Johnny Bower, goaltender for the Toronto Maple Leafs, took his wife's convertible to training camp in Peterborough, N.H. Mrs. Bower wanted the white car painted black, and Bower was checking around on prices when he ran into Coach Punch Imlach. "Give me $50 and I'll get the job done for you," Imlach volunteered. He did. He and a friend had the car painted red, green, blue, black, orange, fuchsia and yellow—with pink stripes and Maple Leaf decals adorning doors, trunk and hood. "Hi, John," Imlach greeted Bowers affably. "They've delivered your new car." Bower took a look and screamed, "What'll my wife say? I can't drive it back to Toronto like this. I'll cause an accident." The car did cause such an upheaval that Bower finally hid it in a parking lot and never even thanked Punch Imlach for the $3.50 change from his $50.
Golfer Sam Snead (above) has made the run from White Sulphur Springs to Greensboro, N.C. plenty of times, ordinarily just dropping by to win the Greensboro Open, but this time he came for the beginning of North Carolina's dove season. Sam had a brand-new gun, and there were plenty of doves in West Virginia. There was also a law against shooting them, a state of affairs that a hunter can stand for just so long. So Snead took off to Greensboro for a day's shooting with Mayor Carson Bain, bagging his limit of 12 doves and obviously enjoying himself, because he broke his own rule about sports that build up only one arm (in this case, the left). He will not fly-fish, for example, because the action is all in one arm. For his day of dove hunting, however, he got out there and cheerfully risked lop-sidedness.
John Mackey of the Baltimore Colts had a good day against Atlanta recently, but that evening things started going pretty much downhill. John owns a carry-out shop in Baltimore, and it was robbed, at gunpoint, of $75. The next day Mackey got over to the shop to check out his exact losses, only to find that during the night an apparently stronger thief had broken into the store. He had taken the safe, with $500 in it.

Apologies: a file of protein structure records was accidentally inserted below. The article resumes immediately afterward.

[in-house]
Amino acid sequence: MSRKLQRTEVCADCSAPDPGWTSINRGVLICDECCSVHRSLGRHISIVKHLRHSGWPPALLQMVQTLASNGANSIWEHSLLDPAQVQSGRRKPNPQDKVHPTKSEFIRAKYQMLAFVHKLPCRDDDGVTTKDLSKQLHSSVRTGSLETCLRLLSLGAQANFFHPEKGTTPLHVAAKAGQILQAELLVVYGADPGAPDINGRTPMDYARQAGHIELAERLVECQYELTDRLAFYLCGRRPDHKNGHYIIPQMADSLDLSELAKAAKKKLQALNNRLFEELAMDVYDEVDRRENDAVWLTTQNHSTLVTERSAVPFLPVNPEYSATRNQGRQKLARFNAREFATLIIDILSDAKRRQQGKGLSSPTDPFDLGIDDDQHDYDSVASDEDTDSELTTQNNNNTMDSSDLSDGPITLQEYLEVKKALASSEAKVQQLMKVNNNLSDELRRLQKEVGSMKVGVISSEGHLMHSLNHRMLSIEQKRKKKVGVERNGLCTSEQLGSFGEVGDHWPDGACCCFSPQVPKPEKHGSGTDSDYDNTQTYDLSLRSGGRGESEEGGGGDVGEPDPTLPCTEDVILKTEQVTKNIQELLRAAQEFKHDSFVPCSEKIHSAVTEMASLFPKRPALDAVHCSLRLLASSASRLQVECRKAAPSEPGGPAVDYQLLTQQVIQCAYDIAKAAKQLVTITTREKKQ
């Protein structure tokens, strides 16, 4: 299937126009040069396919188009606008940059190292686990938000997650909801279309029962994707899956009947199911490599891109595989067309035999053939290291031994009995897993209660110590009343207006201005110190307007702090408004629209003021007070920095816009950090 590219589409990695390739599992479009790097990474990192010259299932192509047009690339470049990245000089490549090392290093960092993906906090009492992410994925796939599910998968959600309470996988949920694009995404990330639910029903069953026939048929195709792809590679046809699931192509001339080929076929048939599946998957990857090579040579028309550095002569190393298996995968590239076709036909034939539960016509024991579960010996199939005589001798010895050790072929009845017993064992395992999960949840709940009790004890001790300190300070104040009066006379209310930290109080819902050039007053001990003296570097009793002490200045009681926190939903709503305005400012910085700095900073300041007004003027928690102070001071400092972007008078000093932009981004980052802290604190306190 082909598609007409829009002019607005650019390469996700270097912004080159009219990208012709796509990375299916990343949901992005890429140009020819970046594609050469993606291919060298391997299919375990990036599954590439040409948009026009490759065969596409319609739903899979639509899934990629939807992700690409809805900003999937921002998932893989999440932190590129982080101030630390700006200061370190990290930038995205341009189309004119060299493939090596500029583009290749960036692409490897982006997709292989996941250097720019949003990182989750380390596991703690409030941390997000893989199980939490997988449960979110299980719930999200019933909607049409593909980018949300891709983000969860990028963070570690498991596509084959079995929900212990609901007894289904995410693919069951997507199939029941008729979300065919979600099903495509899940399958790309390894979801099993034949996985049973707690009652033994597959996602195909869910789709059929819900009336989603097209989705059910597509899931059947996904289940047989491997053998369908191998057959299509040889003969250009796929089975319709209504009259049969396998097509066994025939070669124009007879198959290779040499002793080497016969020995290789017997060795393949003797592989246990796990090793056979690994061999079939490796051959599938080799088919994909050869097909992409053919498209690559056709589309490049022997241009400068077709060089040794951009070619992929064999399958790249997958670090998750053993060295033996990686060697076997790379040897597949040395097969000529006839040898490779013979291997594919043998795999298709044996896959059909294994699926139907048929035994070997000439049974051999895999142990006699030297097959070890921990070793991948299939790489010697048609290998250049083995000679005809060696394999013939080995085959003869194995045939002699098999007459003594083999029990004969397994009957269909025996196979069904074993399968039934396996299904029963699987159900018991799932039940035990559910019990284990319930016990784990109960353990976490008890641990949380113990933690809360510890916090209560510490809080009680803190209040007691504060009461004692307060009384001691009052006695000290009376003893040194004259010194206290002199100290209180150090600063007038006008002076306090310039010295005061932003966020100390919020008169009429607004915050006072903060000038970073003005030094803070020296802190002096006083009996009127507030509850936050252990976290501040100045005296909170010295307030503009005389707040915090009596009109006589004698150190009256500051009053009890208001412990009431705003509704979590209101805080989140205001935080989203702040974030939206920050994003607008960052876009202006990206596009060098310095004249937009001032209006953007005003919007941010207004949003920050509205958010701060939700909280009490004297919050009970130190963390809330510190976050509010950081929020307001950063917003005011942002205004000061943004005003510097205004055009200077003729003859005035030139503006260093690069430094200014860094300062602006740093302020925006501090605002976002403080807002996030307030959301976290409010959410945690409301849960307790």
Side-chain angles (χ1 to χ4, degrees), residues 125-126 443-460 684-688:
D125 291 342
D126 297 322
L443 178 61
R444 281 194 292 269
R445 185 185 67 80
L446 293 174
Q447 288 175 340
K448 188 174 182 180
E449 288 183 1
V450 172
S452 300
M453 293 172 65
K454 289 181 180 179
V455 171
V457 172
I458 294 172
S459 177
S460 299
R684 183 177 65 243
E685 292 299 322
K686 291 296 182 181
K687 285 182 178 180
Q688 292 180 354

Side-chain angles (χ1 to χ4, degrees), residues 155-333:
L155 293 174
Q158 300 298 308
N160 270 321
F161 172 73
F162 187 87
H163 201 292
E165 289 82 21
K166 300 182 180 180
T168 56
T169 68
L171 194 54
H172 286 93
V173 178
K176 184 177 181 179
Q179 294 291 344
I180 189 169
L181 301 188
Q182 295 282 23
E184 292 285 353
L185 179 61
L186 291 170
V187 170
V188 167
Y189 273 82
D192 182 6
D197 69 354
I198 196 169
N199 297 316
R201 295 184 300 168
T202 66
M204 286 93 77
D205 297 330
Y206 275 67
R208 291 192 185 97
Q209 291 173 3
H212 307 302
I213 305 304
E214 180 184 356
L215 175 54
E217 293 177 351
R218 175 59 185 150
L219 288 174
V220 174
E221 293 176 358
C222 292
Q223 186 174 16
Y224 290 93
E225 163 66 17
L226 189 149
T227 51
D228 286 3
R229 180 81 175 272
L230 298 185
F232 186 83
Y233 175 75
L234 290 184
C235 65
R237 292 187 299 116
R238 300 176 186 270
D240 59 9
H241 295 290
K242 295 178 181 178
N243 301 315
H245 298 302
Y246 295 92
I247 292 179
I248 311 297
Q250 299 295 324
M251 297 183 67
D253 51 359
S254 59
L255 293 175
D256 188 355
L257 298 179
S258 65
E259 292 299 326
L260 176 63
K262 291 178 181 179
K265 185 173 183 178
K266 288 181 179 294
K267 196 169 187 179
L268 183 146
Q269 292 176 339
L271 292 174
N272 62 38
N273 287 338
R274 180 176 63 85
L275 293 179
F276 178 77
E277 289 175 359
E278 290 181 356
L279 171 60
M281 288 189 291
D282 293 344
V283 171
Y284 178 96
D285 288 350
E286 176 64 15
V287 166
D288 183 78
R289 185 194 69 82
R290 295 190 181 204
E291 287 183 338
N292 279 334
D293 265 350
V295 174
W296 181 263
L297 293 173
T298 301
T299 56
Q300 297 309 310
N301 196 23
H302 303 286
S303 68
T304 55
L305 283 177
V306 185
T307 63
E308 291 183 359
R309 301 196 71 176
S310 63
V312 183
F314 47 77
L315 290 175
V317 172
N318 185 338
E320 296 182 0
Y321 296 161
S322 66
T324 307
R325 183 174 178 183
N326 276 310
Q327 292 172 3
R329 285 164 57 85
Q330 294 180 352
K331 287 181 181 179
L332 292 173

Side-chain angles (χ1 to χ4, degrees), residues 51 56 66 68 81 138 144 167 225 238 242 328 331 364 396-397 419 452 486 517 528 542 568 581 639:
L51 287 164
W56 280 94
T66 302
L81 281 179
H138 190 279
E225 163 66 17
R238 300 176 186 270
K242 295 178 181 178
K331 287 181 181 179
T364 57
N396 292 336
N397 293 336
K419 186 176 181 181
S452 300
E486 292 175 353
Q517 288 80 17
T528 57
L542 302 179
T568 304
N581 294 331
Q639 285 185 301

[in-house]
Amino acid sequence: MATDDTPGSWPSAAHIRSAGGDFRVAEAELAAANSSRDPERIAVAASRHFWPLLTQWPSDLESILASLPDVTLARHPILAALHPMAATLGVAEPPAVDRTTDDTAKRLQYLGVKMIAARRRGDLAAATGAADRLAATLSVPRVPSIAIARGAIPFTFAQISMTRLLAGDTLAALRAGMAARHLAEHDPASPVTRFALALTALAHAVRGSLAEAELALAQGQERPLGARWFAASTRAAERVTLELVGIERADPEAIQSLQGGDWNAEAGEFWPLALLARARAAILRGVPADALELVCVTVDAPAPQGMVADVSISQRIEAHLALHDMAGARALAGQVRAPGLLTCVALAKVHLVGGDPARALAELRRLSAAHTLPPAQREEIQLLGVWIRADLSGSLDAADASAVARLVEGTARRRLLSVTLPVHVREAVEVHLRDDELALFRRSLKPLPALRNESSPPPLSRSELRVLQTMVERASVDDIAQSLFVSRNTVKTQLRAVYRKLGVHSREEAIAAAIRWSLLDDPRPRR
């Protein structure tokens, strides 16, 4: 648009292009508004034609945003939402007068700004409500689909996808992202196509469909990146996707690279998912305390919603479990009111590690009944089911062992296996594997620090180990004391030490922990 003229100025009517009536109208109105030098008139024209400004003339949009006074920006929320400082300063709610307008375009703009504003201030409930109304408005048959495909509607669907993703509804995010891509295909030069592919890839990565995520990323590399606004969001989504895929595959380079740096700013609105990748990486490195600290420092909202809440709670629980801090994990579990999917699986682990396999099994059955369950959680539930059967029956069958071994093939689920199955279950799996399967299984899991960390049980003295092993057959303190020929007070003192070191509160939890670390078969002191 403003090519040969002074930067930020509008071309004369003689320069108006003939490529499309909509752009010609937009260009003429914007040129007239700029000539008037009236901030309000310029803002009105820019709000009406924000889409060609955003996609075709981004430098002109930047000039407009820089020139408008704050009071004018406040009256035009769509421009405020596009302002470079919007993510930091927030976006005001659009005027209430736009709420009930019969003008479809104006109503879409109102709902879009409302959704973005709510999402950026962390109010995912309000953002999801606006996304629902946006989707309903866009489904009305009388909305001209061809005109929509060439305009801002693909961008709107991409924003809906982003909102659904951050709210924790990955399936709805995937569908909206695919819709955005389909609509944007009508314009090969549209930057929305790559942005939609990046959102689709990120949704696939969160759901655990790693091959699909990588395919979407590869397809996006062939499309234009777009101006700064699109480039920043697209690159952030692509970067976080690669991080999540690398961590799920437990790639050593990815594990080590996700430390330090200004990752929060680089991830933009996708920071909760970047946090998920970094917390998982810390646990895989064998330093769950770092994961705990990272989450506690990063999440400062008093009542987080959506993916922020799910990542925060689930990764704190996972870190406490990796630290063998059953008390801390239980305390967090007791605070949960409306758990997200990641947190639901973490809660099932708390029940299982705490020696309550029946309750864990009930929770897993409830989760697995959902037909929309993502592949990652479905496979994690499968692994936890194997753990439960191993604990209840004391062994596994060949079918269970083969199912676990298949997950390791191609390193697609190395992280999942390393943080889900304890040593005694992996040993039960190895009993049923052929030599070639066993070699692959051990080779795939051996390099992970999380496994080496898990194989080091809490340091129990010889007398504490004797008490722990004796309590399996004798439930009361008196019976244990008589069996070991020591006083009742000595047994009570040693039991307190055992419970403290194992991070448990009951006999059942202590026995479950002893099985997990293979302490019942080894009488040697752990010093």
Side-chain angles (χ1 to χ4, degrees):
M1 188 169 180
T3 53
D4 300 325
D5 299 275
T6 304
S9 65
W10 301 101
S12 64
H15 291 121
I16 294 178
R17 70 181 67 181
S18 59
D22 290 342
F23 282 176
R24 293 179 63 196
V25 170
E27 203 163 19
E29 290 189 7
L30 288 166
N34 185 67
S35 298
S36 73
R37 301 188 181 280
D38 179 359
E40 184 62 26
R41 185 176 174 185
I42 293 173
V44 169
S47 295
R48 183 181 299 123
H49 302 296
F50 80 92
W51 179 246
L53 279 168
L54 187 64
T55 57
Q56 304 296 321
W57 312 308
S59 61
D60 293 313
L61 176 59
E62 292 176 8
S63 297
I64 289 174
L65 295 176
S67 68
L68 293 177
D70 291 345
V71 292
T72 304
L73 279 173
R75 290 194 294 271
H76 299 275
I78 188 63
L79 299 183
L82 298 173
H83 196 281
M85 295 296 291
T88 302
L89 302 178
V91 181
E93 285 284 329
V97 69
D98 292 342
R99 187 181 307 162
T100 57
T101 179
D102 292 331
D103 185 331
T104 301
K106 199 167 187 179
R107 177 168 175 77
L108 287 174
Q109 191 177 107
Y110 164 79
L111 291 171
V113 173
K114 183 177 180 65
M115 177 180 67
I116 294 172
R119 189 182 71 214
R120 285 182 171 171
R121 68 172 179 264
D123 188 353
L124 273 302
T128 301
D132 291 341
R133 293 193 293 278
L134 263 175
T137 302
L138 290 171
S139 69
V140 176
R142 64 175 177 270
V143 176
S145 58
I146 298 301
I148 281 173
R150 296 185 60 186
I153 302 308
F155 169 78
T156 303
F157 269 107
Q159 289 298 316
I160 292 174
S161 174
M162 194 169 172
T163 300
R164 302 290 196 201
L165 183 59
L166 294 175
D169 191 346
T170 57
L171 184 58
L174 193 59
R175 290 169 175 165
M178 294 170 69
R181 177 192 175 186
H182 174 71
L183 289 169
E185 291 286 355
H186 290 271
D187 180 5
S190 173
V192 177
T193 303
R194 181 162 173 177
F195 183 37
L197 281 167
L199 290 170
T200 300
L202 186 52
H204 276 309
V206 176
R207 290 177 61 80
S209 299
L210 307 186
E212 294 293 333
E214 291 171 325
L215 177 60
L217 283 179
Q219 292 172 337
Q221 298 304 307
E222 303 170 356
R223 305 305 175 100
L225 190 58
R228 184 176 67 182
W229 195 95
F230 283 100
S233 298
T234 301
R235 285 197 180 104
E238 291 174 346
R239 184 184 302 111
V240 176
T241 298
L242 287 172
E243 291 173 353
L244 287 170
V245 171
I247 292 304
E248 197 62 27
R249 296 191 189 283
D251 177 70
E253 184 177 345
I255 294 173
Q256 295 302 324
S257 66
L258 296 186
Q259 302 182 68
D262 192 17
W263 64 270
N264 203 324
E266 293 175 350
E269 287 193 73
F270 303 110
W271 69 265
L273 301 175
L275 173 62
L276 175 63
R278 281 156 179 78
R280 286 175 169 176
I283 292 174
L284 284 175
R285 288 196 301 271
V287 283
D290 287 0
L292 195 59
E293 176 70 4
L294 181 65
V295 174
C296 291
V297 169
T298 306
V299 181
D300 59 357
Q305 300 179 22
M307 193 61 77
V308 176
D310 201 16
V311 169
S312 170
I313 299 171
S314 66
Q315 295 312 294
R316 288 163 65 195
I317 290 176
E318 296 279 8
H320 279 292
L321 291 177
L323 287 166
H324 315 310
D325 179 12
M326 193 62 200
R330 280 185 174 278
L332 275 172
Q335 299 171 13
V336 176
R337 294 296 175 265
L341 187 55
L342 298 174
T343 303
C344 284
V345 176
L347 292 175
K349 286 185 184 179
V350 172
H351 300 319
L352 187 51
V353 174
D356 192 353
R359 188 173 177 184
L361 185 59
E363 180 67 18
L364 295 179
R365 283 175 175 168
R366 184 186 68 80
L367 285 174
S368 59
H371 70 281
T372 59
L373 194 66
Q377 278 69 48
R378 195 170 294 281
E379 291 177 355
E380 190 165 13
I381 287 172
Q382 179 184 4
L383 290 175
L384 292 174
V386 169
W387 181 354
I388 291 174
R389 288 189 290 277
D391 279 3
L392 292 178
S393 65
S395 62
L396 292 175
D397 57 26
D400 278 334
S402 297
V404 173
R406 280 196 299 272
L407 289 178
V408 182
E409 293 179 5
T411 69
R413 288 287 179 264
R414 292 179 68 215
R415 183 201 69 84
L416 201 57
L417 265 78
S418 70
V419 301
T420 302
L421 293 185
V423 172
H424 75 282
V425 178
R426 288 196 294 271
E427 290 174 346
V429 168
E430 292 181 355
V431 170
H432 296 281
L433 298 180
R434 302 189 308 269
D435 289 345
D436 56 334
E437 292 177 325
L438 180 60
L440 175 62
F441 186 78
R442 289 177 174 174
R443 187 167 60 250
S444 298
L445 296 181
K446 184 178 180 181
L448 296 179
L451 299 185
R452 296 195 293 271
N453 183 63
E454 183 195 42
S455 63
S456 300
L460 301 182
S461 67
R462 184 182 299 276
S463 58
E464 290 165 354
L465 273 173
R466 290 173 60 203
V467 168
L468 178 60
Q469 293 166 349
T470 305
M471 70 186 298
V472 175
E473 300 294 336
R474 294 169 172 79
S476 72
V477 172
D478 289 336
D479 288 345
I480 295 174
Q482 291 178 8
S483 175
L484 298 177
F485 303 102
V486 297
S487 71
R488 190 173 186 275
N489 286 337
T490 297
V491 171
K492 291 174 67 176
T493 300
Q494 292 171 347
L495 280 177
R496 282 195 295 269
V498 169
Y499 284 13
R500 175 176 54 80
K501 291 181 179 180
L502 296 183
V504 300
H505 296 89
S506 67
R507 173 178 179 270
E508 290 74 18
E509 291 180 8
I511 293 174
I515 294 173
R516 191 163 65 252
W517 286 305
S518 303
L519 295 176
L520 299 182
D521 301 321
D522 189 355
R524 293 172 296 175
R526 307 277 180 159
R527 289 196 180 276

"We didn't see any Secret Service agents," said R. W. Gardner, secretary of the Harrisburg Beagle Club the other day. "If they were around they kept pretty well hidden in the brush." This, of course, left unprotected a 13-inch hound named Greeson's Chum whose owner was listed on his field-trial entry form as L. B. Johnson. Address: Washington, D.C. "It all turned out to be a lot of fun," Gardner went on. "First of all we called the judges together and kiddingly warned them about letting political or personal feelings enter into the decisions. Then someone suggested we might have played Hail to the Chief, but we didn't have any musical instruments." For all of Greeson's Chum's friends in high places he failed to take anything in the competition, and the best the judges could say for him was that he had a glossy coat and was in good shape. Perhaps LBJ should have come to Harrisburg to keep the dog company: former major league ballplayer Zeke Bonura ran his own beagle and took a first in the 15-inch hound class.
October 1, 1967
Maximilian Schell (below) is an actor who relaxes, if you can call it that, by working on his soccer. Schell is in Madrid to make a film, East of Java, and on his rest breaks he turns up at the Real Madrid stadium to practice with the team's famed Ferenc Puskas, who feels that Schell has a good deal of natural talent. Be that as it may, for the son of a poet Schell certainly appears to have a fierce feeling for the game.
The National Hard Crab championship seems to be as much in doubt as the World Boxing title. The National Hard Crab Derby was held in Crisfield, Md. recently, and a crab named Aloha knocked 42 seconds off the record, completing the 16-foot downhill course in 18 seconds flat. Aloha, however, was a Hawaiian sand fiddler, and after a Louisiana sand fiddler took the Derby in 1960 a rule was passed barring all but edible entries. Aloha squeaked through on a technicality—he might be included among exotic dishes in Hawaii. No exotic dish that Maryland's Governor Spiro T. Agnew is about to have any part of, though. Agnew presented the Governor's Trophy but said of Aloha, "He ran like hell, but I wouldn't eat him on a bet."
What is England coming to? Young Viscount Crowhurst, last year's captain of Eton's cricket team, wants to turn professional. Old Etonians have led county cricket teams as amateurs, but no one seems able to recall any of them joining the ranks of the salaried. A paid viscount is going to raise hob with the English distinction between "gentleman" and "player," the former being, of course, an amateur and the latter a professional, each with his own door to the clubhouse. If England keeps letting down the standards, before you know it some Englishman is going to fail to dress for dinner in the jungle.